Help for the hurting - Local haemophilia support group coming as scientists worldwide continue search for cure
Alex Parkinson has had to live with the pressure of bleeding for 20 minutes or more whenever he gets a minor injury. That's three times more than the average person who bleeds for five minutes or less with minor injuries.
That's because from a very young age, Parkinson was diagnosed with haemophilia, a disorder that also affects his two older brothers.
Haemophilia is a mostly inherited genetic disorder that impairs the body's ability to make blood clots, a process needed to stop bleeding.
This results in people bleeding longer after an injury, easy bruising, and an increased risk of bleeding inside joints or the brain.
Recently, the Swiss multinational health care company, Roche Holding, announced that emicizumab drug for treating haemophilia showed positive interim results in a study with children.
Roche is hoping to win a slice of the $11-billion-a-year haemophilia market with the drug, also known as ACE910 and designed to compete with more traditional treatments from Novo Nordisk and Shire.
Roche's drug is being closely watched because it could change the way the disease is treated, but while that happens, 26-year-old Parkinson is in the process of forming an organisation with several other persons, which will advocate and lobby on behalf of persons with haemophilia across the island.
"Sometimes you're walking and your ankle start feeling funny and by the time you know it, it's swollen. I remember my first-form days at Herbert Morrison (Technical High school, St James), I missed a third or a half of the school term because you can't be moving around. The more you move around when the joint is swollen, the more you damage the joints," Parkinson told The Sunday Gleaner.
When Alex and his brothers were changing teeth, that was a particularly tough time for them.
"We would go to bed, wake up and look in our mouths and all you see is blood. Things are much better, usually it used to be my elbows, knees and my fingers, but the only issue for me now is my knee. My eldest brother still has serious challenges though," added Parkinson.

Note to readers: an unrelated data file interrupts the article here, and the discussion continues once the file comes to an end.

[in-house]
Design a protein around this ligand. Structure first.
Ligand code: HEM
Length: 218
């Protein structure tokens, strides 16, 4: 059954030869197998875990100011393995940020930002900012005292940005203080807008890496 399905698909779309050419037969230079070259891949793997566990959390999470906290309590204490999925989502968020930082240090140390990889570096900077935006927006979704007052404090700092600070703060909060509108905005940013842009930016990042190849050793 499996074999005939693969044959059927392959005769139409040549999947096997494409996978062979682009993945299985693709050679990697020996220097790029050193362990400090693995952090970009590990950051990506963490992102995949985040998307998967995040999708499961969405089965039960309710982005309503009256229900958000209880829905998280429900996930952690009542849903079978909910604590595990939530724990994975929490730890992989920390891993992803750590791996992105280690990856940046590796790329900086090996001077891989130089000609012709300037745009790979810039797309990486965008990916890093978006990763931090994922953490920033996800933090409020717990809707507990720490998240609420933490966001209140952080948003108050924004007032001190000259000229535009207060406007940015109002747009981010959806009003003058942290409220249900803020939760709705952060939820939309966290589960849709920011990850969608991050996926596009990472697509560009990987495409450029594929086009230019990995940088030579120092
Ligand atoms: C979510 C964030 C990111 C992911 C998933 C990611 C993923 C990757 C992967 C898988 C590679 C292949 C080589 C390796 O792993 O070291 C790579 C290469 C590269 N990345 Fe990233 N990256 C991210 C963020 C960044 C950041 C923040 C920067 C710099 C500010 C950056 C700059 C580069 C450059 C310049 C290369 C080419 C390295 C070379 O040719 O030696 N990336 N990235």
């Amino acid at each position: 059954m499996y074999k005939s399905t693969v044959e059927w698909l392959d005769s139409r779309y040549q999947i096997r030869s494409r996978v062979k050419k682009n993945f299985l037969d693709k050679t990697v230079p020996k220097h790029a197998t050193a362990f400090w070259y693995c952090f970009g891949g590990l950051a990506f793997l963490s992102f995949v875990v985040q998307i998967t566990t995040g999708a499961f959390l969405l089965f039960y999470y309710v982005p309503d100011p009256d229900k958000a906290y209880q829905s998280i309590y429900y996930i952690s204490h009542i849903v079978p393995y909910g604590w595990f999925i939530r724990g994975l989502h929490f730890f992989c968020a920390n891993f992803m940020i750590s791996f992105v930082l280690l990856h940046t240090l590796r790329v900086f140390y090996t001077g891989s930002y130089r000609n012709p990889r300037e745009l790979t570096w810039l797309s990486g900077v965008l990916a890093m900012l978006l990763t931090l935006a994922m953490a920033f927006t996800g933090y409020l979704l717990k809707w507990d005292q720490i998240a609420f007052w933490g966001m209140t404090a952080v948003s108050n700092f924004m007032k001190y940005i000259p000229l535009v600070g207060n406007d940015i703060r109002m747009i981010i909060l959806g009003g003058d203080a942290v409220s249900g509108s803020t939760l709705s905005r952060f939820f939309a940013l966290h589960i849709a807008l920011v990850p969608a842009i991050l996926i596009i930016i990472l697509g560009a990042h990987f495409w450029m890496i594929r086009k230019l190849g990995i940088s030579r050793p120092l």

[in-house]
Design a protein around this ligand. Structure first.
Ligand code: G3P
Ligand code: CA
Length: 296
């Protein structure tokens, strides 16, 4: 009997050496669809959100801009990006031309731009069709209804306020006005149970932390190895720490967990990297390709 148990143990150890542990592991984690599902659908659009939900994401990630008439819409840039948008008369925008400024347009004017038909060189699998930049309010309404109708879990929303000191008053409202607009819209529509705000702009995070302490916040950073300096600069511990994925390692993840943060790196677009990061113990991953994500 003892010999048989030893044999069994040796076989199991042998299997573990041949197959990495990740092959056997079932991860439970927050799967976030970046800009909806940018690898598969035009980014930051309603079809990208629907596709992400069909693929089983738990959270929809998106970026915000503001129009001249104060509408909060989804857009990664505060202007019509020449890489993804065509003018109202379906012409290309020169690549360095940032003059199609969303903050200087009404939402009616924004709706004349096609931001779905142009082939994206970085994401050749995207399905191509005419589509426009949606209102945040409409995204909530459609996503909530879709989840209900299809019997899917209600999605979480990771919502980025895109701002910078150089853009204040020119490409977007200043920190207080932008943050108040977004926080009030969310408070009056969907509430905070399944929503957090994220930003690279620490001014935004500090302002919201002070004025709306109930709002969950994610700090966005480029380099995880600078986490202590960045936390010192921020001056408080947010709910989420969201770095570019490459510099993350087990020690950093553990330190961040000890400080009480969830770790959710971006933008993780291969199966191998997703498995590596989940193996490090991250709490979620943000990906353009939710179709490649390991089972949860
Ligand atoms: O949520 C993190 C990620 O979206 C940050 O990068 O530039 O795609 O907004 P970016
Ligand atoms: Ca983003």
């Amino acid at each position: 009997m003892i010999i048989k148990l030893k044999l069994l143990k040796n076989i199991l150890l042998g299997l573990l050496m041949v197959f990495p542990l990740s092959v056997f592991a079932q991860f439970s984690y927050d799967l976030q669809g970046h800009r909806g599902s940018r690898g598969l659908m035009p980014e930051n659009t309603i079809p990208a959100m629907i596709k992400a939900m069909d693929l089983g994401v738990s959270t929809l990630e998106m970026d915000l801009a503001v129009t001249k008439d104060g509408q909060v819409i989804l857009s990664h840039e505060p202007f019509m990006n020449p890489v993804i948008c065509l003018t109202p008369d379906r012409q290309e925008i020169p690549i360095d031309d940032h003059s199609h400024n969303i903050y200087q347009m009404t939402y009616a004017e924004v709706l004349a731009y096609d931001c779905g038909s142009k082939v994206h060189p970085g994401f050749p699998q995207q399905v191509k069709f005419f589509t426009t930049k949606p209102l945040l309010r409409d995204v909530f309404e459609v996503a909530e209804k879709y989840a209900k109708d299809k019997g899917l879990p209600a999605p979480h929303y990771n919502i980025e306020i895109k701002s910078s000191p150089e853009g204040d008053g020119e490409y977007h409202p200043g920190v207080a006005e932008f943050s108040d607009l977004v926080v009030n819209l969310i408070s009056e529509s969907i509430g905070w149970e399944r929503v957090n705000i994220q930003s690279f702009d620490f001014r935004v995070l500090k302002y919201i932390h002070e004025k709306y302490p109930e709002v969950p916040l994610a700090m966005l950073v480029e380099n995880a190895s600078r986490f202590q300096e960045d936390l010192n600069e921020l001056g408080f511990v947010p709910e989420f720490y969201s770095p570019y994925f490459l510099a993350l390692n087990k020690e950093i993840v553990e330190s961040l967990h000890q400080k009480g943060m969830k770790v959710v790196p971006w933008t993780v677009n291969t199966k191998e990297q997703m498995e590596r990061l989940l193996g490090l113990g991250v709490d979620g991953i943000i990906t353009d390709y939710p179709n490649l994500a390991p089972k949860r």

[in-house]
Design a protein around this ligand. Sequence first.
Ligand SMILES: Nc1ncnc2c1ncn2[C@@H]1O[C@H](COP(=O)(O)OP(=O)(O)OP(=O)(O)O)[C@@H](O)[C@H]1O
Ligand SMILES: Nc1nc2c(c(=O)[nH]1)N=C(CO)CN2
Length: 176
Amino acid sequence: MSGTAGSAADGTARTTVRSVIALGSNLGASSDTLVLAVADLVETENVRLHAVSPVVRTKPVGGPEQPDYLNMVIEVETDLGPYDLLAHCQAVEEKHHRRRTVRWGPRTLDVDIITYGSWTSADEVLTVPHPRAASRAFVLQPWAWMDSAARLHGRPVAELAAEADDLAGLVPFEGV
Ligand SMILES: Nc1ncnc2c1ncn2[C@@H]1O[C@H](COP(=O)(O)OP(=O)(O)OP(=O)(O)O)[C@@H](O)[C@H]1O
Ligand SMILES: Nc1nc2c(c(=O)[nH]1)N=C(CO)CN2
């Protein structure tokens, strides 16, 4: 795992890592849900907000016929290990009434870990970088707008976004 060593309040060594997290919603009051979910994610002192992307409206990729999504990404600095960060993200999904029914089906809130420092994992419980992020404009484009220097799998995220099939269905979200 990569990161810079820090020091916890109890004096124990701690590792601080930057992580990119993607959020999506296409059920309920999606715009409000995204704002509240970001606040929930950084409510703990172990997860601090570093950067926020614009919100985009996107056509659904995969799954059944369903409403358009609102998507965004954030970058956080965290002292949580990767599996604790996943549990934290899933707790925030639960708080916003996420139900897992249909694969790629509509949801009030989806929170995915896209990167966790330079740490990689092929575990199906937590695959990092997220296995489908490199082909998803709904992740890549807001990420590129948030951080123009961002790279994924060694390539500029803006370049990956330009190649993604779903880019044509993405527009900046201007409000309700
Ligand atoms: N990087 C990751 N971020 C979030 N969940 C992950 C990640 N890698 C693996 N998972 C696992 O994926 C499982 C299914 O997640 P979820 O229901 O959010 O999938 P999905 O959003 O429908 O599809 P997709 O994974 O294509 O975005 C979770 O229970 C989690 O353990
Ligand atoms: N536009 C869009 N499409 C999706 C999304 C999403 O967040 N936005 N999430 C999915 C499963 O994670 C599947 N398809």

Elizabeth Blake has faced similar challenges, albeit as a parent. Blake's two sons, now 24 and 17, were diagnosed with haemophilia from birth, putting her on a journey littered with financial, emotional and physical constraints.
"The older one had more frequent bleeds, while the younger one had more sustained bleeds, meaning though the older brother bleeds more frequently he responds quicker to treatment, while the younger takes a longer time," said Blake.
"We made sure that we found a home as close as possible to a hospital. We made sure that they were registered in schools close to the hospital. In case there were incidents, the trip to the hospital would not be too strenuous.
"As a parent and as a young mother, I had to go to work and they were in school, so having to balance it all was challenging. Every time the telephone rang, you start to panic because you are wondering if it's a bad call, so I had a lot of mental pressure. There is the financial side, too, because while I could work, I know of a few cases where parents had to stop working," added Blake.
The challenge facing Blake and others living with or caring for persons with haemophilia is the reason Parkinson is resolute to get his organisation going.
According to Parkinson, a critical focus of the organisation will be to increase awareness and lobby the Government for easier access to treatment, particular the factor V111 (eight) - the most suitable treatment to help with the clotting agency of the body.
"We plan to do this all in the name of advocacy. Right now, we don't have much advocacy on the part of persons living with haemophilia in Jamaica and so we want to highlight it to see if we can get better treatment," said Parkinson.
"When my brother, for example, goes to Cornwall Regional Hospital, sometimes it takes a day before he finally gets some attention, and that comes down to the level of knowledge the practitioners have.
"Most times it's an internal swelling so you are not bleeding externally, and oftentimes it is not seen as urgent. It's really as severe, sometimes in your joints, in your head, and if it is not dealt with urgently your joints become deformed," added Parkinson.
This is a rare disorder in which your blood doesn't clot normally because it lacks sufficient blood-clotting proteins (clotting factors). If you have haemophilia, you may bleed for a longer time after an injury than you would if your blood clotted normally.
Small cuts usually aren't much of a problem. The greater health concern is deep bleeding inside your body, especially in your knees, ankles and elbows. That internal bleeding can damage your organs and tissues, and may be life-threatening.
There's no cure yet, but with proper treatment and self-care, most people with haemophilia can maintain an active, productive lifestyle.
- Source: Mayo Clinic staff